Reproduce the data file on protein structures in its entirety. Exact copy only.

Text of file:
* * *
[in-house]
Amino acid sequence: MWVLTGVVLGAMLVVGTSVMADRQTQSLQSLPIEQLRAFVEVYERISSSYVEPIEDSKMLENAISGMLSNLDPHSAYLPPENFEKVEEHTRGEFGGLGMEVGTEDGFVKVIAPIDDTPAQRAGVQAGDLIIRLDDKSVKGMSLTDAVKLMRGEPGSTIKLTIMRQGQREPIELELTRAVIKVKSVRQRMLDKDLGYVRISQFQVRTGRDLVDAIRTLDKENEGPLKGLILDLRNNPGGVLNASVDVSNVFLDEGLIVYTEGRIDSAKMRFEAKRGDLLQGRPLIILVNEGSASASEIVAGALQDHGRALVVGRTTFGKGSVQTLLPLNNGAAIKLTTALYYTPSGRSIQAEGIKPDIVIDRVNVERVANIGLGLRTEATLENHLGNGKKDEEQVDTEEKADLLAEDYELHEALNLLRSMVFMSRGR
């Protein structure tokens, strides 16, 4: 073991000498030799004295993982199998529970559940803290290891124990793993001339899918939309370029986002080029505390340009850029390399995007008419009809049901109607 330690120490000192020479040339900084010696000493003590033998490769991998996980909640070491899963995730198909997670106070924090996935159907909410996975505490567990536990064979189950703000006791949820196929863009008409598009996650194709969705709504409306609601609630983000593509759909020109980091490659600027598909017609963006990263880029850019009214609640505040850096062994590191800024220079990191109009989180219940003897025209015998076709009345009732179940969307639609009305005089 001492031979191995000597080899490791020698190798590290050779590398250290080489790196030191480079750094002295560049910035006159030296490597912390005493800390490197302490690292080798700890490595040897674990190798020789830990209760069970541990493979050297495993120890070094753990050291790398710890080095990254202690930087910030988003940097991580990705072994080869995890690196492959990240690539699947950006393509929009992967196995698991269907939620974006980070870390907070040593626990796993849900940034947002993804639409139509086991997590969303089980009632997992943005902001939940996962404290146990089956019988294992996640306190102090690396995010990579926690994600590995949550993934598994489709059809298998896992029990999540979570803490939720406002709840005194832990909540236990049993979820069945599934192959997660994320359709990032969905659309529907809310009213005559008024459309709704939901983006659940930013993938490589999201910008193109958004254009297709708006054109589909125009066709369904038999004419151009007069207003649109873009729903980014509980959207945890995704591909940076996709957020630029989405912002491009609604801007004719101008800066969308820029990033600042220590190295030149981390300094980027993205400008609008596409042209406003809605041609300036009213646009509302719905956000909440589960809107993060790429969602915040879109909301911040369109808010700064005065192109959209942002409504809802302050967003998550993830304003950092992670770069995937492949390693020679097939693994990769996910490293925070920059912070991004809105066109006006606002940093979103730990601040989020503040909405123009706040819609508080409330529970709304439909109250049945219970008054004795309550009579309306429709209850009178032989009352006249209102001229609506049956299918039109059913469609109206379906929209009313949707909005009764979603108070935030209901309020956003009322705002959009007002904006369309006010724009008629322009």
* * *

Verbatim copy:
[in-house]
Amino acid sequence: MWVLTGVVLGAMLVVGTSVMADRQTQSLQSLPIEQLRAFVEVYERISSSYVEPIEDSKMLENAISGMLSNLDPHSAYLPPENFEKVEEHTRGEFGGLGMEVGTEDGFVKVIAPIDDTPAQRAGVQAGDLIIRLDDKSVKGMSLTDAVKLMRGEPGSTIKLTIMRQGQREPIELELTRAVIKVKSVRQRMLDKDLGYVRISQFQVRTGRDLVDAIRTLDKENEGPLKGLILDLRNNPGGVLNASVDVSNVFLDEGLIVYTEGRIDSAKMRFEAKRGDLLQGRPLIILVNEGSASASEIVAGALQDHGRALVVGRTTFGKGSVQTLLPLNNGAAIKLTTALYYTPSGRSIQAEGIKPDIVIDRVNVERVANIGLGLRTEATLENHLGNGKKDEEQVDTEEKADLLAEDYELHEALNLLRSMVFMSRGR
């Protein structure tokens, strides 16, 4: 073991000498030799004295993982199998529970559940803290290891124990793993001339899918939309370029986002080029505390340009850029390399995007008419009809049901109607 330690120490000192020479040339900084010696000493003590033998490769991998996980909640070491899963995730198909997670106070924090996935159907909410996975505490567990536990064979189950703000006791949820196929863009008409598009996650194709969705709504409306609601609630983000593509759909020109980091490659600027598909017609963006990263880029850019009214609640505040850096062994590191800024220079990191109009989180219940003897025209015998076709009345009732179940969307639609009305005089 001492031979191995000597080899490791020698190798590290050779590398250290080489790196030191480079750094002295560049910035006159030296490597912390005493800390490197302490690292080798700890490595040897674990190798020789830990209760069970541990493979050297495993120890070094753990050291790398710890080095990254202690930087910030988003940097991580990705072994080869995890690196492959990240690539699947950006393509929009992967196995698991269907939620974006980070870390907070040593626990796993849900940034947002993804639409139509086991997590969303089980009632997992943005902001939940996962404290146990089956019988294992996640306190102090690396995010990579926690994600590995949550993934598994489709059809298998896992029990999540979570803490939720406002709840005194832990909540236990049993979820069945599934192959997660994320359709990032969905659309529907809310009213005559008024459309709704939901983006659940930013993938490589999201910008193109958004254009297709708006054109589909125009066709369904038999004419151009007069207003649109873009729903980014509980959207945890995704591909940076996709957020630029989405912002491009609604801007004719101008800066969308820029990033600042220590190295030149981390300094980027993205400008609008596409042209406003809605041609300036009213646009509302719905956000909440589960809107993060790429969602915040879109909301911040369109808010700064005065192109959209942002409504809802302050967003998550993830304003950092992670770069995937492949390693020679097939693994990769996910490293925070920059912070991004809105066109006006606002940093979103730990601040989020503040909405123009706040819609508080409330529970709304439909109250049945219970008054004795309550009579309306429709209850009178032989009352006249209102001229609506049956299918039109059913469609109206379906929209009313949707909005009764979603108070935030209901309020956003009322705002959009007002904006369309006010724009008629322009």